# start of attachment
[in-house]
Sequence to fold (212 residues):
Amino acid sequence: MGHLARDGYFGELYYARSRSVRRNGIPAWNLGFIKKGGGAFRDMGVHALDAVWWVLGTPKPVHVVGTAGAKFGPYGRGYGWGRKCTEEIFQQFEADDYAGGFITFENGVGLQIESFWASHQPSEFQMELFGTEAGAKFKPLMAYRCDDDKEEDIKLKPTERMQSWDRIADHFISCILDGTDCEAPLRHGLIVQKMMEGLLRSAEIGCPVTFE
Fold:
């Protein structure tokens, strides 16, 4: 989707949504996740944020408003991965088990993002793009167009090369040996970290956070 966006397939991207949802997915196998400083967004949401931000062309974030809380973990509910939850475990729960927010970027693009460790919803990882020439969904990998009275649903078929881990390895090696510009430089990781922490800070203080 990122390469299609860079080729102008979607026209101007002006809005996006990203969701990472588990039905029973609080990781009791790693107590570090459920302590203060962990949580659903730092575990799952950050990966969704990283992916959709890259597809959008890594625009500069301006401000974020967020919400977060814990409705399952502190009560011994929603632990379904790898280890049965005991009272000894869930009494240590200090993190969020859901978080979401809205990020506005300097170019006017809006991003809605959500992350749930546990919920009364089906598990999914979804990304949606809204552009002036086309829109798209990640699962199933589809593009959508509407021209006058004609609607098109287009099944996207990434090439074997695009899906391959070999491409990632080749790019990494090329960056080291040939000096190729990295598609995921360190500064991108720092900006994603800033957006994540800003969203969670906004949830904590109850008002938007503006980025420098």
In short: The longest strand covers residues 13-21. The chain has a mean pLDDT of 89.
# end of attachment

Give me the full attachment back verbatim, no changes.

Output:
[in-house]
Sequence to fold (212 residues):
Amino acid sequence: MGHLARDGYFGELYYARSRSVRRNGIPAWNLGFIKKGGGAFRDMGVHALDAVWWVLGTPKPVHVVGTAGAKFGPYGRGYGWGRKCTEEIFQQFEADDYAGGFITFENGVGLQIESFWASHQPSEFQMELFGTEAGAKFKPLMAYRCDDDKEEDIKLKPTERMQSWDRIADHFISCILDGTDCEAPLRHGLIVQKMMEGLLRSAEIGCPVTFE
Fold:
């Protein structure tokens, strides 16, 4: 989707949504996740944020408003991965088990993002793009167009090369040996970290956070 966006397939991207949802997915196998400083967004949401931000062309974030809380973990509910939850475990729960927010970027693009460790919803990882020439969904990998009275649903078929881990390895090696510009430089990781922490800070203080 990122390469299609860079080729102008979607026209101007002006809005996006990203969701990472588990039905029973609080990781009791790693107590570090459920302590203060962990949580659903730092575990799952950050990966969704990283992916959709890259597809959008890594625009500069301006401000974020967020919400977060814990409705399952502190009560011994929603632990379904790898280890049965005991009272000894869930009494240590200090993190969020859901978080979401809205990020506005300097170019006017809006991003809605959500992350749930546990919920009364089906598990999914979804990304949606809204552009002036086309829109798209990640699962199933589809593009959508509407021209006058004609609607098109287009099944996207990434090439074997695009899906391959070999491409990632080749790019990494090329960056080291040939000096190729990295598609995921360190500064991108720092900006994603800033957006994540800003969203969670906004949830904590109850008002938007503006980025420098």
In short: The longest strand covers residues 13-21. The chain has a mean pLDDT of 89.